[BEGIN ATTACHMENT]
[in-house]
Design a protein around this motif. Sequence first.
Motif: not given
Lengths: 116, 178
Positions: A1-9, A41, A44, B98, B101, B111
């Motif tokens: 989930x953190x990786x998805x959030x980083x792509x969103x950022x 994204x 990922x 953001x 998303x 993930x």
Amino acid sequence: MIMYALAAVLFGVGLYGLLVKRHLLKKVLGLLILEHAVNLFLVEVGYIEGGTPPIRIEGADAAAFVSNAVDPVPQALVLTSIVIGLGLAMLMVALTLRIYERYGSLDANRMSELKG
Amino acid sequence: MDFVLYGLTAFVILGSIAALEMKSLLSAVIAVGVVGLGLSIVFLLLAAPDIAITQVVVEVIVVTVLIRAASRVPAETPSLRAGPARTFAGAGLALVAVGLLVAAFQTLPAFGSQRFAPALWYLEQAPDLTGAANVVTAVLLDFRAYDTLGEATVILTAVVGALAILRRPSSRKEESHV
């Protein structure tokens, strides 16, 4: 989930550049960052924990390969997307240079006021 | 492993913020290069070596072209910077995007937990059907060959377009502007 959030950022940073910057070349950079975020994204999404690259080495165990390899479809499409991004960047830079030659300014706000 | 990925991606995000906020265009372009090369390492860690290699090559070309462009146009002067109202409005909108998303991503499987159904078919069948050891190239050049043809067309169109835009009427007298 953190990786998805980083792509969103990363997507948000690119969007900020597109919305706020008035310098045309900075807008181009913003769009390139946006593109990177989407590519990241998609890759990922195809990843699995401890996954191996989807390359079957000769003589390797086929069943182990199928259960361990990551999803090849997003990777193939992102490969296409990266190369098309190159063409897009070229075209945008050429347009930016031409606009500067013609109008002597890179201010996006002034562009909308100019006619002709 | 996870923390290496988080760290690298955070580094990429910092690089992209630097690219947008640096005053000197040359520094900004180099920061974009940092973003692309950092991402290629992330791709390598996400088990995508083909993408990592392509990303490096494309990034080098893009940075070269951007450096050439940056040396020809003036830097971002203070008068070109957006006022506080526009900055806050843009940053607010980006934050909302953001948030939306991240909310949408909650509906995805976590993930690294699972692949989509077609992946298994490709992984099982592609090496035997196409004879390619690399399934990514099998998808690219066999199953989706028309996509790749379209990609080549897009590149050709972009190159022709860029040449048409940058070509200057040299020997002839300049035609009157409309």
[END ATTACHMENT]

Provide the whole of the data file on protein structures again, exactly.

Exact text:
[in-house]
Design a protein around this motif. Sequence first.
Motif: not given
Lengths: 116, 178
Positions: A1-9, A41, A44, B98, B101, B111
């Motif tokens: 989930x953190x990786x998805x959030x980083x792509x969103x950022x 994204x 990922x 953001x 998303x 993930x």
Amino acid sequence: MIMYALAAVLFGVGLYGLLVKRHLLKKVLGLLILEHAVNLFLVEVGYIEGGTPPIRIEGADAAAFVSNAVDPVPQALVLTSIVIGLGLAMLMVALTLRIYERYGSLDANRMSELKG
Amino acid sequence: MDFVLYGLTAFVILGSIAALEMKSLLSAVIAVGVVGLGLSIVFLLLAAPDIAITQVVVEVIVVTVLIRAASRVPAETPSLRAGPARTFAGAGLALVAVGLLVAAFQTLPAFGSQRFAPALWYLEQAPDLTGAANVVTAVLLDFRAYDTLGEATVILTAVVGALAILRRPSSRKEESHV
């Protein structure tokens, strides 16, 4: 989930550049960052924990390969997307240079006021 | 492993913020290069070596072209910077995007937990059907060959377009502007 959030950022940073910057070349950079975020994204999404690259080495165990390899479809499409991004960047830079030659300014706000 | 990925991606995000906020265009372009090369390492860690290699090559070309462009146009002067109202409005909108998303991503499987159904078919069948050891190239050049043809067309169109835009009427007298 953190990786998805980083792509969103990363997507948000690119969007900020597109919305706020008035310098045309900075807008181009913003769009390139946006593109990177989407590519990241998609890759990922195809990843699995401890996954191996989807390359079957000769003589390797086929069943182990199928259960361990990551999803090849997003990777193939992102490969296409990266190369098309190159063409897009070229075209945008050429347009930016031409606009500067013609109008002597890179201010996006002034562009909308100019006619002709 | 996870923390290496988080760290690298955070580094990429910092690089992209630097690219947008640096005053000197040359520094900004180099920061974009940092973003692309950092991402290629992330791709390598996400088990995508083909993408990592392509990303490096494309990034080098893009940075070269951007450096050439940056040396020809003036830097971002203070008068070109957006006022506080526009900055806050843009940053607010980006934050909302953001948030939306991240909310949408909650509906995805976590993930690294699972692949989509077609992946298994490709992984099982592609090496035997196409004879390619690399399934990514099998998808690219066999199953989706028309996509790749379209990609080549897009590149050709972009190159022709860029040449048409940058070509200057040299020997002839300049035609009157409309």